Wednesday, March 31, 2010

Dear Charlie:

I know, I know. Sherlock Holmes. I'll get to it.

Ya know...when I won't just squee with delight until I pass out and you throw up from fangurl overload. Seriously. I'm trying to save you guys, here.

For now, for the life of me, I can't figure out why the critics had such a lukewarm reaction to the movie Ghost Town. Admittedly, it took me this long to watch it because the trailer put it out as a sort of wacky hijinx kind of romp with a romantic subplot. I tend to avoid rom-coms like the plague -- no, I don't want to talk about my book coming out on May 11 -- so I similarly bypassed this one.

Until now. Until Pesh became a hilariously obsessed Ricky Gervais fan and suckered me into his odd, creature-of-impulse world.

But leave all that behind and return to the central point with me: Ghost Town is not just a wacky hijinx comedy. It's not a Romeo and Juliet tale of star-crossed lovers where Mercutio didn't die but ended up with Juliet when Romeo bit the dust. Heh, you notice I used Mercutio. See, he's the funny one.

Like Ricky Gervais.

See what I did there?

Okay, moving on. Anyway, like everything Gervais does -- with the possible exception of strapping-taping his editor -- Ghost Town uses its comedy to shed light on philosophical ideals we all want to explore but sometimes aren't brave enough to face on our own.

Think The Invention of Lying. I actually watched it before Ghost Town, but I'm talking about it second. My blog. I can do that.

On the surface, it's another rom-com. And really, it's not about lying, despite the title and the inciting event of the film.

At its heart, it's a philosophical discussion of why we lie. They took a concept that is, in theory, bad -- thou shalt not lie, though it's not one of the Big Ten -- and asked why we do it anyway.

And then Ricky Gervais stepped in. He's not the typical, upwardly-mobile woman's dream come true of a happily-ever-after man. He's not traditionally handsome. He's not the best at his job, nor is he ambitious enough to strive to be better. He's not rich. He's not particularly charming -- but it's hard to hold that against him, as it's hard to be charming when you're stuck with the absolute truth.

But he does have something no one else has, and it's not the ability to lie. It's a certain kindness that's lacking in everyone else.

See? If we were unable to lie, we'd all have to be psychologically numb from the diatribe of blunt hurt and rejection we'd receive on a daily basis. If you're told a hundred times a day that your butt looks big by everyone you see -- because it's not just that no one can lie but that no one can omit the truth -- you'd either kill yourself, run yourself to death to get rid of it, or mentally inure yourself to that unkind truth.

Then, Gervais' character kicks in. True, his first lies aren't out of kindness, but you can see how much what's said to him by the other brutally honest characters hurts him and how it affects him. How it pushes him to lie to better his immediate situation.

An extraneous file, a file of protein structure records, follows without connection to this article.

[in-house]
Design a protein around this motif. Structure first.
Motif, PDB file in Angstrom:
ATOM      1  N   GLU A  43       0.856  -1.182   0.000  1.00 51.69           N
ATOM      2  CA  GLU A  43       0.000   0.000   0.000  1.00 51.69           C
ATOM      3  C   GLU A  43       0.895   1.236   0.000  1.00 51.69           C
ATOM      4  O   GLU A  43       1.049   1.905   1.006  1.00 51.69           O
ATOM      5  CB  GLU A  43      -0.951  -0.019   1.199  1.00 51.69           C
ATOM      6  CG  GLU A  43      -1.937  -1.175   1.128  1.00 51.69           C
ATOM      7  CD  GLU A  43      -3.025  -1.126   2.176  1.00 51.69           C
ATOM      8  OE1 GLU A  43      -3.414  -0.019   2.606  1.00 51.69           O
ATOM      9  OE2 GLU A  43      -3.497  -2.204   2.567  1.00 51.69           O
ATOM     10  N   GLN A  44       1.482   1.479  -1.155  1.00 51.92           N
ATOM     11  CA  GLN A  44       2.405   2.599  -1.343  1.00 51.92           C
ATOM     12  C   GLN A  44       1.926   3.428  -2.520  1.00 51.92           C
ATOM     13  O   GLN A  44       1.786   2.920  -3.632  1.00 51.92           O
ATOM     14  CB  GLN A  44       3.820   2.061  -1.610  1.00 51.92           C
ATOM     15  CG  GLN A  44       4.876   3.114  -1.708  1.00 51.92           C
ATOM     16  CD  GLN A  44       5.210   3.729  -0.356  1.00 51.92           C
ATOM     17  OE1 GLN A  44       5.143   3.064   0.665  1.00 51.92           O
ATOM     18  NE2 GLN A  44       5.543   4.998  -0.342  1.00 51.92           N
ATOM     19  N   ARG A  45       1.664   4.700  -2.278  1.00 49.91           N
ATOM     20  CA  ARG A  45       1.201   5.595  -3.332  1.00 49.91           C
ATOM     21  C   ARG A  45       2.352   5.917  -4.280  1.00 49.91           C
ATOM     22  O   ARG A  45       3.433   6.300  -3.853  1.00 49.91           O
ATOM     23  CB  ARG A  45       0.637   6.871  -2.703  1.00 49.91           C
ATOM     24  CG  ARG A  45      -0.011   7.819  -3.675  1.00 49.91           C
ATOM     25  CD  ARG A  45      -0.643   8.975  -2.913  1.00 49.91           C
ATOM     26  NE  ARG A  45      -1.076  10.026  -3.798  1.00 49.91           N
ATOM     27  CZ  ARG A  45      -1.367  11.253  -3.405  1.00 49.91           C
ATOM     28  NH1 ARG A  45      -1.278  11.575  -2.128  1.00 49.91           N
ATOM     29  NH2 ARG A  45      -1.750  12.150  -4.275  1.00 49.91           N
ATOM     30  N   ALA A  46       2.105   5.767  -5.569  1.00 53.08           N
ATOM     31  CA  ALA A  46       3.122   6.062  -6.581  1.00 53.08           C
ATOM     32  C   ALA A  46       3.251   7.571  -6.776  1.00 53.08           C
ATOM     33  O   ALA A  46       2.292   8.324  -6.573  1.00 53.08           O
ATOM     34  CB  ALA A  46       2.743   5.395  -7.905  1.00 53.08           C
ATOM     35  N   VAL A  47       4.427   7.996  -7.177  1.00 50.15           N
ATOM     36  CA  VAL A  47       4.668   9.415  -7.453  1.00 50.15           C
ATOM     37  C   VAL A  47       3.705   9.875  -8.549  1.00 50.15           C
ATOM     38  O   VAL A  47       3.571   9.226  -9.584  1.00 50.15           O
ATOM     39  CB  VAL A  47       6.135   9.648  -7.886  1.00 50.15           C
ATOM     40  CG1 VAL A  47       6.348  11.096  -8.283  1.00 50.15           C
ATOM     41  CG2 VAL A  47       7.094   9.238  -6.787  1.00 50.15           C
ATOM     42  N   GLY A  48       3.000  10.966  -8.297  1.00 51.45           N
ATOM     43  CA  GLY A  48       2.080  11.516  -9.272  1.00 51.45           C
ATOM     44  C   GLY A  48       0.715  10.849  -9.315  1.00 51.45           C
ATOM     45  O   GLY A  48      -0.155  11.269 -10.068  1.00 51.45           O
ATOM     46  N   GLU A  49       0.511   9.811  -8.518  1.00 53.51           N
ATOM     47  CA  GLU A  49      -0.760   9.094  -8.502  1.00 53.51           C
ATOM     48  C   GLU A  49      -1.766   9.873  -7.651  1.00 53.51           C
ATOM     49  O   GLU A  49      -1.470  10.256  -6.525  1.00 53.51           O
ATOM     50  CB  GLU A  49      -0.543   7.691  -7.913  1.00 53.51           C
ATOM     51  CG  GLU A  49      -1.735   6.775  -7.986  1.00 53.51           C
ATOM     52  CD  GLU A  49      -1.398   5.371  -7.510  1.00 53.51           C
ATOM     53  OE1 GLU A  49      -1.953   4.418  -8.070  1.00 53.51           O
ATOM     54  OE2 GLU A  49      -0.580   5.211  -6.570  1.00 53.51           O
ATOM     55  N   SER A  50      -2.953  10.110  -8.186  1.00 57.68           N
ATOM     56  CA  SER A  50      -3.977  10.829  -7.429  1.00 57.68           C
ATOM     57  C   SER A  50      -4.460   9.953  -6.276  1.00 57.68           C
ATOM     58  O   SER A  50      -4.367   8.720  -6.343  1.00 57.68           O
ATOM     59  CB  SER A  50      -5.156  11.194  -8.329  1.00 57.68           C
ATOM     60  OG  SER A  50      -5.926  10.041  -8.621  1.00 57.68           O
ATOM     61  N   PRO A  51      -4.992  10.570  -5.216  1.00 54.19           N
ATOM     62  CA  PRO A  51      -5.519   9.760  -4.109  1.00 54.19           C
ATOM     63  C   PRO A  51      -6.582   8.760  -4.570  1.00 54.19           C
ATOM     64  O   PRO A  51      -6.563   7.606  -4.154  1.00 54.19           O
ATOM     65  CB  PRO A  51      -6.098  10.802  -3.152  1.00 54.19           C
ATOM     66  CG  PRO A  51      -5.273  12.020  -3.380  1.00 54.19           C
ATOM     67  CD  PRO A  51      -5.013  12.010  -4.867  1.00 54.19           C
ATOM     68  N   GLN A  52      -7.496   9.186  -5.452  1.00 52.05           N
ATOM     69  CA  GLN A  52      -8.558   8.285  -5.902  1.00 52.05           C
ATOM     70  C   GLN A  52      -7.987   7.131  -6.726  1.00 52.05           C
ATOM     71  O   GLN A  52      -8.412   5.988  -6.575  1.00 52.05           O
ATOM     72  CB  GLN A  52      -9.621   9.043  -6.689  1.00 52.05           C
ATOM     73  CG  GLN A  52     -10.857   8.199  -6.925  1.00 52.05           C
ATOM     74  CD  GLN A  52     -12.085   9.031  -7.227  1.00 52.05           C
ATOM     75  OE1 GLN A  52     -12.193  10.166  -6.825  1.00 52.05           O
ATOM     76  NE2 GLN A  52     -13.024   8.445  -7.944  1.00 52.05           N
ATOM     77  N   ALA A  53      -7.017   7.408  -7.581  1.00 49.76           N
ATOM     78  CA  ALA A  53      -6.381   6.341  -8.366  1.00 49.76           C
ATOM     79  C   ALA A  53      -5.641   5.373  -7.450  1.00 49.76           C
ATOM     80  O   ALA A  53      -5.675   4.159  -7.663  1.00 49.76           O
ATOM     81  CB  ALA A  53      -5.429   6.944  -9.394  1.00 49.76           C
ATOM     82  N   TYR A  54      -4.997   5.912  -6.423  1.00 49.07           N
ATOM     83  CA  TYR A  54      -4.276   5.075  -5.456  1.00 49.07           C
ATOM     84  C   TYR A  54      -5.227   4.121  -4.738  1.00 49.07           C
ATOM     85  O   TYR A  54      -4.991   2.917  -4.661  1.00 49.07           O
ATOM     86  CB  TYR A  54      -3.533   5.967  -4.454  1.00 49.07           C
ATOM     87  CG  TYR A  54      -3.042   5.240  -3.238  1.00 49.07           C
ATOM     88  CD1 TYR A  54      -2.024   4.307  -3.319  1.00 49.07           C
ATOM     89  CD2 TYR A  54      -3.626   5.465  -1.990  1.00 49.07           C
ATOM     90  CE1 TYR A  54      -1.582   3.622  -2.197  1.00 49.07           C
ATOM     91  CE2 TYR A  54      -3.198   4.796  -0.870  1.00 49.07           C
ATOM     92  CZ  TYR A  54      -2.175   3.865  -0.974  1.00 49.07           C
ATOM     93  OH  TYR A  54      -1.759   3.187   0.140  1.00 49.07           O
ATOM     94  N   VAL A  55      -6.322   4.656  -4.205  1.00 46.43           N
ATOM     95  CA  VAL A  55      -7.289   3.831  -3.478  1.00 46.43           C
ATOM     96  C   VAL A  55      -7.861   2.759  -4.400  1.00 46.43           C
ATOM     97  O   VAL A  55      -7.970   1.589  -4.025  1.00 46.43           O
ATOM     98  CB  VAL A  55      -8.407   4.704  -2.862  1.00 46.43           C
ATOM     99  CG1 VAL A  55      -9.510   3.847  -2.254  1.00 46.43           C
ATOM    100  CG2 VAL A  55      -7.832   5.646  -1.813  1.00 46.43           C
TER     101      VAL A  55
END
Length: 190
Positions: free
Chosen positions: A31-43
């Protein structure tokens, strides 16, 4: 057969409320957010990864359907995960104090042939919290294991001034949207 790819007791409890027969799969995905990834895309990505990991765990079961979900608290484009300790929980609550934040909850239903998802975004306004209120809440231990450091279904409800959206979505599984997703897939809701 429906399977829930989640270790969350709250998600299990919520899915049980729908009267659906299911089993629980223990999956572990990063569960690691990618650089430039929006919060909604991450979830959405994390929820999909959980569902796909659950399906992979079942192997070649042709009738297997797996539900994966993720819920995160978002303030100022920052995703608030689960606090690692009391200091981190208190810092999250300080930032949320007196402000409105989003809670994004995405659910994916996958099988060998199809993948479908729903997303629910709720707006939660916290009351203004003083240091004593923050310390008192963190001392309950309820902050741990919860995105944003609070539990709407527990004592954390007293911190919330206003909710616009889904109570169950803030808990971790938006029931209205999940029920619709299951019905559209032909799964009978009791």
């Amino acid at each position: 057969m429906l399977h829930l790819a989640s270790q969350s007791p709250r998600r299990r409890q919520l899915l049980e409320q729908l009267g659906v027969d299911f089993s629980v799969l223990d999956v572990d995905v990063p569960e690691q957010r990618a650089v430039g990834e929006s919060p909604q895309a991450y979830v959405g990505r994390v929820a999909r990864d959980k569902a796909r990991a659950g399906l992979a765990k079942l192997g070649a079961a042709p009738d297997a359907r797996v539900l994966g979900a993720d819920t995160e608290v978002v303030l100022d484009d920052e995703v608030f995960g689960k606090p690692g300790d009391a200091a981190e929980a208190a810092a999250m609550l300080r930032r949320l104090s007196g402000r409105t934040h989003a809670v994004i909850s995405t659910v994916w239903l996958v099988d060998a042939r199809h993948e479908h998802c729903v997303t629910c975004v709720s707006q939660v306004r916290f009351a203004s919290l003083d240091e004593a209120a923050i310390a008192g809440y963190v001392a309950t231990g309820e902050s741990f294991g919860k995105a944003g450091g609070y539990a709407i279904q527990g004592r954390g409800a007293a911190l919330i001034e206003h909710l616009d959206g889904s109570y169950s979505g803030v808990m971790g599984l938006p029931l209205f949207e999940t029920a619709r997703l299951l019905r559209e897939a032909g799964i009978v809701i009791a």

At which point he's able to be nice to the one woman he's had a crush on for half of forever. Ironically, his only lies to her are to make himself look better. Never about how he feels about her. In that, he is just as honest -- but in a sweet, kind, and earnest way -- as everyone else.

Jump back to Ghost Town. The critics seem to think it's formulaic in its approach -- though some dare to complain that it misses the mark in several scenes that they obviously didn't pay real attention to or just plain didn't get -- to getting the not-so-great guy hooked up with the gorgeous, funny, and rich girl.

Not so, Watson.

Sorry. Couldn't resist.

Because this movie isn't about the ghosts. It's about the people they left behind. It's a brilliantly simple twist on the reason why the soul might hang about in the first place -- not because they need us but because we need them. Sorry if you haven't seen it yet.

And yes, you do have the seemingly by-the-numbers Grinch-turning-into-a-nice-guy schtick, but seriously, he fights it all the way. He fights it until he realizes he's all alone but not, as he previously thought, because he wants to be.

But underneath that is, again, a philosophical look at the difference between how we see ourselves and how other people see us. If we could just get others to see us how we see ourselves, everything would be all right, right?

Ask Greg Kinnear's character, Frank. It takes him until the very end to realize the kind of person he really is and how it affected not only his own life, not even only his wife's life, but everyone he's been in contact with since.

He had to see himself as everyone else did to understand why he was so wrong.

In a weird way, this flick reminds me of one of the hilarious conceits of The History of the World, Part One.

I know, I know. Stay with me, here. It's not as big a detour as you might think.

In ancient Rome, what was Comicus' job title as he stood in line for vnemployment (and no, that's not a typo)?

Stand-up philosopher.

Get it? It's a joke. But it's not.

At its heart, all comedy is philosophy. Comedians -- especially off-the-cuff ones -- must be both keen observers of the human condition and brutally pithy in pointing it back at us. The best jokes are the ones that make you laugh nervously because they strike juuuuust a bit too close to home.

So, from now on, that's how I'm going to classify Ricky Gervais: not as a comedian, but as a stand-up philosopher. And I will definitely continue to watch both his movies and his other comedic activities.

Not quite as big a fangurl as Pesh, but hey.

Thursday, March 25, 2010

Dear Charlie:

Random blog attack...go!

So you know how you gear yourself up to make this monumental change in your life, and you're all preparing for it and then you're ready for it and then you do it and...


You set all the wheels in motion, so... why no go? I put my house -- the house I love, for good or ill, and feel comfortable in and feel is as much a home as any I grew up in -- on the market in October. It's March. The END of March.